Dear Internet, media, humans and haters: Face it, Sheryl Sandberg is the boss of you. She just proved it. Again.
Let’s part the waves of the #BanBossy campaign — and backlash — for a few minutes to acknowledge a master at work. On the first anniversary of LeanIn.org, Sandberg again launched a widespread conversation about the status of females, and on her own terms. As with the launch of LeanIn, Sandberg and friends defined the topic, lined up pundits, presented infographics and kicked off the debate via a national media campaign.
In case you missed it, the campaign to ban the word “bossy” and its champions include women who, to be fair, also qualify as icons: Beyonce, Condoleezza Rice, Jane Lynch and Jennifer Garner on video, plus online quotes by First Lady Michelle Obama and Marlo Thomas. These leaders joined Sandberg, co-founder of LeanIn.org, and Anna Maria Chavez, CEO of the Girl Scouts, to launch banbossy.com and this mission: “When a little boy asserts himself, he’s called a ‘leader.’ Yet when a little girl does the same, she risks being branded ‘bossy.’ Words like bossy send a message: Don’t raise your hand or speak up. By middle school, girls are less interested in leading than boys — a trend that continues into adulthood. Together we can encourage girls to lead.”
This campaign is so smart that even the #BanBossy backlash, which started almost immediately, works for it. “It seems that women like to be bossy, but don’t you dare call them bossy. That’s war on women,” wrote Charlotte Allen on Opinion L.A. “Given the nastiness that many women face on a daily basis, being called bossy is the least of our problems,” blogged Micheline Maynard on Forbes.com. And online commenters like Dobes on IAmBossy.com chimed in: “Wow. Once again, we prove that, as women, we really are our own worst enemy. Ms. Sandberg et al. are just trying to make people think before they use negative terms to describe women or girls who are starting to take on leadership roles. Can’t we support the spirit of the thing, if not the way they’re going about it?”
To the critique that Sandberg bossily launched this campaign to ban the word bossy, I ask: Were you coerced into participating? Or were you inspired to join the conversation — and to raise your own opinionated voice in the process? Think about it. The whole exercise looks like leadership and leadership training to moi.
I’m a believer that the effects of bossy start little but balloon into big problems for women individually and as a species. I was one of those easily socialized and intimidated girls who would have loved to have been brave enough to order other kids around, but instead I hid behind my sisters, my computer and my hair. Sandberg writes in her mega-bestseller “Lean In” that when a girl internalizes the bossy label as a bad thing, she makes herself smaller, leading to self-fulfilling prophecies and diminishing her own expectations, from holding leadership positions (as few women do in most industries) to earning less pay than men do for the same jobs (ditto).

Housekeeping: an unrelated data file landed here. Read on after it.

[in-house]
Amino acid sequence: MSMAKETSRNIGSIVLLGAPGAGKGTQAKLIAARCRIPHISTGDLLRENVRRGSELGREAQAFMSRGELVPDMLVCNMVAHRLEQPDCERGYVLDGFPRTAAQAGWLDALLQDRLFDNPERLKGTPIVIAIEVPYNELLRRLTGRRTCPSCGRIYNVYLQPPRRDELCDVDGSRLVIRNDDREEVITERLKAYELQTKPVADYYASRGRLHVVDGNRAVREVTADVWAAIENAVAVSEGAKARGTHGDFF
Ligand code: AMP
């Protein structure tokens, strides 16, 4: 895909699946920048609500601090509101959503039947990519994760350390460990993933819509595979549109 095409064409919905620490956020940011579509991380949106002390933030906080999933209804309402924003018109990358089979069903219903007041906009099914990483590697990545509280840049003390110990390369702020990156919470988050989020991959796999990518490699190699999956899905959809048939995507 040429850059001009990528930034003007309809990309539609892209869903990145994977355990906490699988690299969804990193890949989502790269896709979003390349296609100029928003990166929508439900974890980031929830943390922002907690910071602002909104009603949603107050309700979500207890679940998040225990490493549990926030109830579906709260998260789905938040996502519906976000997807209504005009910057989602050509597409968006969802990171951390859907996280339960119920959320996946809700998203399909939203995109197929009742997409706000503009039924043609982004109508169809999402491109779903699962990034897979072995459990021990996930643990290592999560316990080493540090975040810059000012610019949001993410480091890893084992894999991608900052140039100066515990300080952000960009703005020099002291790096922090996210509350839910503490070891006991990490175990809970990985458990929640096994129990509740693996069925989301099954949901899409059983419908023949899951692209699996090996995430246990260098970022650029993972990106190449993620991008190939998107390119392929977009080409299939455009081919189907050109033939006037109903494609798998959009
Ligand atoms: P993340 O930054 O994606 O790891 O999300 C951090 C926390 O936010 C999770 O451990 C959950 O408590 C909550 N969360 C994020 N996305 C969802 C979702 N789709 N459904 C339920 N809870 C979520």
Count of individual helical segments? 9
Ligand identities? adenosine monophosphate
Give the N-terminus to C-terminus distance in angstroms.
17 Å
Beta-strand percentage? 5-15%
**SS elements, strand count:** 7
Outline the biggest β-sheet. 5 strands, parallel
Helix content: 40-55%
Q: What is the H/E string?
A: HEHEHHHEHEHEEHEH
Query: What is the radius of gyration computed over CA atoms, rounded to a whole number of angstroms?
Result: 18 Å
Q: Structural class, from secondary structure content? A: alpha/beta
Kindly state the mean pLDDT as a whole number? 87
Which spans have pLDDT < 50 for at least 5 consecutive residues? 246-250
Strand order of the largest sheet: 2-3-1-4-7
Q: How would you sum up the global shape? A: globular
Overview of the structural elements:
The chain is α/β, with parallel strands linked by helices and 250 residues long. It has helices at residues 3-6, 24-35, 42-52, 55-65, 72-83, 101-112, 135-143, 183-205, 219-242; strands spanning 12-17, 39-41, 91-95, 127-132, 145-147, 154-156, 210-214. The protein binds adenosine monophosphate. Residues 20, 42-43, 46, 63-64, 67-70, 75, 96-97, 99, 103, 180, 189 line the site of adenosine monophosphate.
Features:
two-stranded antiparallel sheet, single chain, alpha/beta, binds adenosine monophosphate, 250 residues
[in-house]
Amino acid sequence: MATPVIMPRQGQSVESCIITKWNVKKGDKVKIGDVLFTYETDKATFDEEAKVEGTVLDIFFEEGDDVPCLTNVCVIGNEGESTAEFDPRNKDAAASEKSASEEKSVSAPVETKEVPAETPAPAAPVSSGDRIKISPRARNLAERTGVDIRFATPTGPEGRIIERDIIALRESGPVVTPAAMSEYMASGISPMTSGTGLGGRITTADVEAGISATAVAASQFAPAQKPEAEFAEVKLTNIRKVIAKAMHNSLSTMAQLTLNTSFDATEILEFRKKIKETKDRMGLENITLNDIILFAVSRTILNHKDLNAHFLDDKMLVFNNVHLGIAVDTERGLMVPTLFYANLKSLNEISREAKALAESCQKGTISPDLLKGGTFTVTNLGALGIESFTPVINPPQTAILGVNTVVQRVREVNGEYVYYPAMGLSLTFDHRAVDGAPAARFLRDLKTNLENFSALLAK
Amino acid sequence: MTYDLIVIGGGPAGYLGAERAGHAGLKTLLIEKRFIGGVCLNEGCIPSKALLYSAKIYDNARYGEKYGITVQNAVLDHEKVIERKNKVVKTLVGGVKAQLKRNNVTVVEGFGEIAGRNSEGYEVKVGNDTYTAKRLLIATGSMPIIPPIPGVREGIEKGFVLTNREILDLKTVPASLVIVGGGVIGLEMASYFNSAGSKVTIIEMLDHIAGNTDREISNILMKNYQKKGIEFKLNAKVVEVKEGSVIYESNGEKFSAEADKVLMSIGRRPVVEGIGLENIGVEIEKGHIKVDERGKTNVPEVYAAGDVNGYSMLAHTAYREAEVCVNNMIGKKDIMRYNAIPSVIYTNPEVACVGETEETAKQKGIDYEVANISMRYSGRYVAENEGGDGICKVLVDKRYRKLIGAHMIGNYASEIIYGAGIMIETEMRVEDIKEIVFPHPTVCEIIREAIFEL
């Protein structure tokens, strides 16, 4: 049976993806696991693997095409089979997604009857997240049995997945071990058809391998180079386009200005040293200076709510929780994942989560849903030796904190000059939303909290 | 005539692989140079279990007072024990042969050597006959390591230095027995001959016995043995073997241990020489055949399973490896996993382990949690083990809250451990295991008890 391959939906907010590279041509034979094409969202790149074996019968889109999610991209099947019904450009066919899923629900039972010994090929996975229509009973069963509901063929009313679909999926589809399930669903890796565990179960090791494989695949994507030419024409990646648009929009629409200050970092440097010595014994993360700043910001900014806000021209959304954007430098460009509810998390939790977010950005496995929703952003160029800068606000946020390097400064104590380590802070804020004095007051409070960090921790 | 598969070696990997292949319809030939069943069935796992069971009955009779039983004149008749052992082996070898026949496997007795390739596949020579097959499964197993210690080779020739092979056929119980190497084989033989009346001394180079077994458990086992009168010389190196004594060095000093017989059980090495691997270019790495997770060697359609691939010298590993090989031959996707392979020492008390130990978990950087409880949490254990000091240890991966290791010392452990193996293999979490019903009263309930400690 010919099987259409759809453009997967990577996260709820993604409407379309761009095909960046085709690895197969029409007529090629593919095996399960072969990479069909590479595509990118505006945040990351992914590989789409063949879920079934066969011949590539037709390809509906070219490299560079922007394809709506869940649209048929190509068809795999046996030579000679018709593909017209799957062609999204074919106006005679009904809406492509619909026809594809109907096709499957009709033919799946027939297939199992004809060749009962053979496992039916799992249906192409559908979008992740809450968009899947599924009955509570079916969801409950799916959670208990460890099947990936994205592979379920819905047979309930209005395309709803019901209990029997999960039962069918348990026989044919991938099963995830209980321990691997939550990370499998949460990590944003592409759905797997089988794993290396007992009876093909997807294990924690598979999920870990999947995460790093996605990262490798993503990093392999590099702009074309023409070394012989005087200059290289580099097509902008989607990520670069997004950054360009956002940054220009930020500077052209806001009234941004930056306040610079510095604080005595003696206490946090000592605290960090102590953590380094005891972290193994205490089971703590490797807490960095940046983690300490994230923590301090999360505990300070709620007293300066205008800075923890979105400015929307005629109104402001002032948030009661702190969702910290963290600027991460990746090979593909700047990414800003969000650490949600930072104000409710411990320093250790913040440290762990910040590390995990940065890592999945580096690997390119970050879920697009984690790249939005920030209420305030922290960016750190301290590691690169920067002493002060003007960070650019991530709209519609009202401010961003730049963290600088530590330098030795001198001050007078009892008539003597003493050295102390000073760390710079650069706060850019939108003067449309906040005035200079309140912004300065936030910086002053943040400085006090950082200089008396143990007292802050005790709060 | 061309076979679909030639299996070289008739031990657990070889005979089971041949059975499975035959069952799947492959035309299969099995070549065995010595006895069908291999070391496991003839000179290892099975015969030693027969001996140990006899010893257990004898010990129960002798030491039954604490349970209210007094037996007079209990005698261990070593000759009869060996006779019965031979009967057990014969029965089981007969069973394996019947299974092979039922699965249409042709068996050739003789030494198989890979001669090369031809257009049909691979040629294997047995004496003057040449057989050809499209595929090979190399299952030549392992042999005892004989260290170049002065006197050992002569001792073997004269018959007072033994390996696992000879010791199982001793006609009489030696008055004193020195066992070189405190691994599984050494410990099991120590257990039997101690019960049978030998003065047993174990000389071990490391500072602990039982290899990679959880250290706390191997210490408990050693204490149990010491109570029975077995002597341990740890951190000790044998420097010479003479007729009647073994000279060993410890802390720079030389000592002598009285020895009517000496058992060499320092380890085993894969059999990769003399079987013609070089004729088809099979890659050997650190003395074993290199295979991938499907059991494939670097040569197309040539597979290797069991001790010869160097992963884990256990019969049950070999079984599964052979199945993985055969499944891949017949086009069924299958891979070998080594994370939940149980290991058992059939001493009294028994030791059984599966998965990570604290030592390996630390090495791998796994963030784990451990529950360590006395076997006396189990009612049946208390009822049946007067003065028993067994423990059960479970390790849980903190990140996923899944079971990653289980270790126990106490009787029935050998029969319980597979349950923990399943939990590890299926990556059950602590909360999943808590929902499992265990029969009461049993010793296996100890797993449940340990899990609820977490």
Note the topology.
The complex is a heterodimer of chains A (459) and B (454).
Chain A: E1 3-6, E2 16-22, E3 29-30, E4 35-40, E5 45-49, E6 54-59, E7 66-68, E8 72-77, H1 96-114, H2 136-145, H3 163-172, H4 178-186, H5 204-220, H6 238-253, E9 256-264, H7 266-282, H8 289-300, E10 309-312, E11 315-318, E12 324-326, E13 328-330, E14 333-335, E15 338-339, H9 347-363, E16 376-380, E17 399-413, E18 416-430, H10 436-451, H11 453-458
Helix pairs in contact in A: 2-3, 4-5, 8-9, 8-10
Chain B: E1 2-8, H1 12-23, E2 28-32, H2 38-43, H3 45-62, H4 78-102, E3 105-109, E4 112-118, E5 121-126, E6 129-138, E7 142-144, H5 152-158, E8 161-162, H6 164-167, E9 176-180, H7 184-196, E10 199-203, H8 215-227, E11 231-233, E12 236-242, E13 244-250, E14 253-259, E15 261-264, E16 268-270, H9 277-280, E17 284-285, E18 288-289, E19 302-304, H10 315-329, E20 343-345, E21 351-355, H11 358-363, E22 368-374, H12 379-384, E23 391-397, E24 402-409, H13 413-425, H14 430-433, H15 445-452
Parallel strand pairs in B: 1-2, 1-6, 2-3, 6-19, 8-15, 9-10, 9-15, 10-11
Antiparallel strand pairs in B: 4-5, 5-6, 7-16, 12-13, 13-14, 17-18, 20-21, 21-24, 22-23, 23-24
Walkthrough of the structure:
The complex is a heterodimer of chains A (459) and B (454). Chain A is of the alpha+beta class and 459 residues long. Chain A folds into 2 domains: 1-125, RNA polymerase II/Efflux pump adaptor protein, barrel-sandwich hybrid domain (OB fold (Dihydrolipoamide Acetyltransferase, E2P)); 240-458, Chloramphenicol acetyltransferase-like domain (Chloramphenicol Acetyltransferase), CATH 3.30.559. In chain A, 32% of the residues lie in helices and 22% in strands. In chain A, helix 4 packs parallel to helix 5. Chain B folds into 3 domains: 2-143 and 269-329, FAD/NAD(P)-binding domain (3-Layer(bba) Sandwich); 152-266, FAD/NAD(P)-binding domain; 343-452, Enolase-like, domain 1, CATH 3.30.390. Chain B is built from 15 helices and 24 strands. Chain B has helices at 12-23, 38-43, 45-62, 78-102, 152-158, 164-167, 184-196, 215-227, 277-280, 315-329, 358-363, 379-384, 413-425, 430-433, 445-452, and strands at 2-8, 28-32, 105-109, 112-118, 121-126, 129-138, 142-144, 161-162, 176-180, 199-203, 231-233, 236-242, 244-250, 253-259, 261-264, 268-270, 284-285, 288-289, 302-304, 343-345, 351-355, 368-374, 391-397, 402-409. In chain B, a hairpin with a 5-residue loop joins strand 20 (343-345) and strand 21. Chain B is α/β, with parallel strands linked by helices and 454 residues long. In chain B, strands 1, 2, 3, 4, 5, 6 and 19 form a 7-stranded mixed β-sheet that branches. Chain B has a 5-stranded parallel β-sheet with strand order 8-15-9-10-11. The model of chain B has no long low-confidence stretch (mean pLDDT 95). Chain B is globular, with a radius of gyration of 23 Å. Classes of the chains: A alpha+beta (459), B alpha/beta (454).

I was definitely on that track all the way through college and into my 20s. Then I learned in newsrooms that the only way to get the best stories and on the front page was to compete verbally and loudly with the other journalists. Thank goodness I did: I became a single mother in Silicon Valley and now am one of the 40% of women in the U.S. who qualify as head of household.
As an American woman with a four-year college degree, my transformation from under-confident to aggressive-as-I-need-to-be adult was a tiny, relatively risk-free step. Consider other women, trapped in dangerous and abusive homes, whose survival may depend on standing up for themselves, as shared in the blog Violence Unsilenced, started by Maggie Ginsberg-Schutz. The stakes are even higher globally, where the only things protecting females from violence and enslavement may be their own brains, courage and voices; that’s when teaching girls to sit quietly and accept what they’re given rather than be outspoken or demanding what they need — like legal protection or new legal systems — can and does have tragic consequences.
Doubt me? Read the Afghan Women’s Writing Project. These blogs are just two of the thousands created by women for women that I’ve discovered since co-founding BlogHer Inc., a company that pays women to raise their voices via blogs and social media.
And here’s where I just have to point out that LeanIn.org is a nonprofit. As a Silicon Valley billionaire who doesn’t have to have a boss, Sandberg could easily retire rather than suffer the snark and abuse of detractors. Instead, she is investing her personal time in a calm, even nice, yet unapologetic and unflinching criticism of society’s treatment of women and girls. Sun Tzu wrote that “one mark of a great soldier is that he fights on his own terms or fights not at all.” Underneath Sandberg’s glossy ’do and smile is a thick-skinned woman leaning in so hard on her belief that the world would be better if more women ran it that she’s declared war on our language.
That makes her, according to one definition in UrbanDictionary.com, a boss: “A person who is a leader, someone who runs sh-- in his/her hood or city.” So I say, go Sandberg. As a student of her technique and as the mother of two sons, I can only hope for its second anniversary that LeanIn.org and its masterful communicator in chief take on banning the word “sissy” or reclaiming it for boys and men everywhere. If Sheryl Sandberg’s this good at leading national conversations about human culture, the other half deserves her help too.
Lisa Stone is the CEO and Co-founder of BlogHer Inc., the leading network of women online influencers. Lean In lists BlogHer among its media partners for the #BanBossy campaign, meaning BlogHer has engaged its community in sharing stories about their experience with the word “bossy.”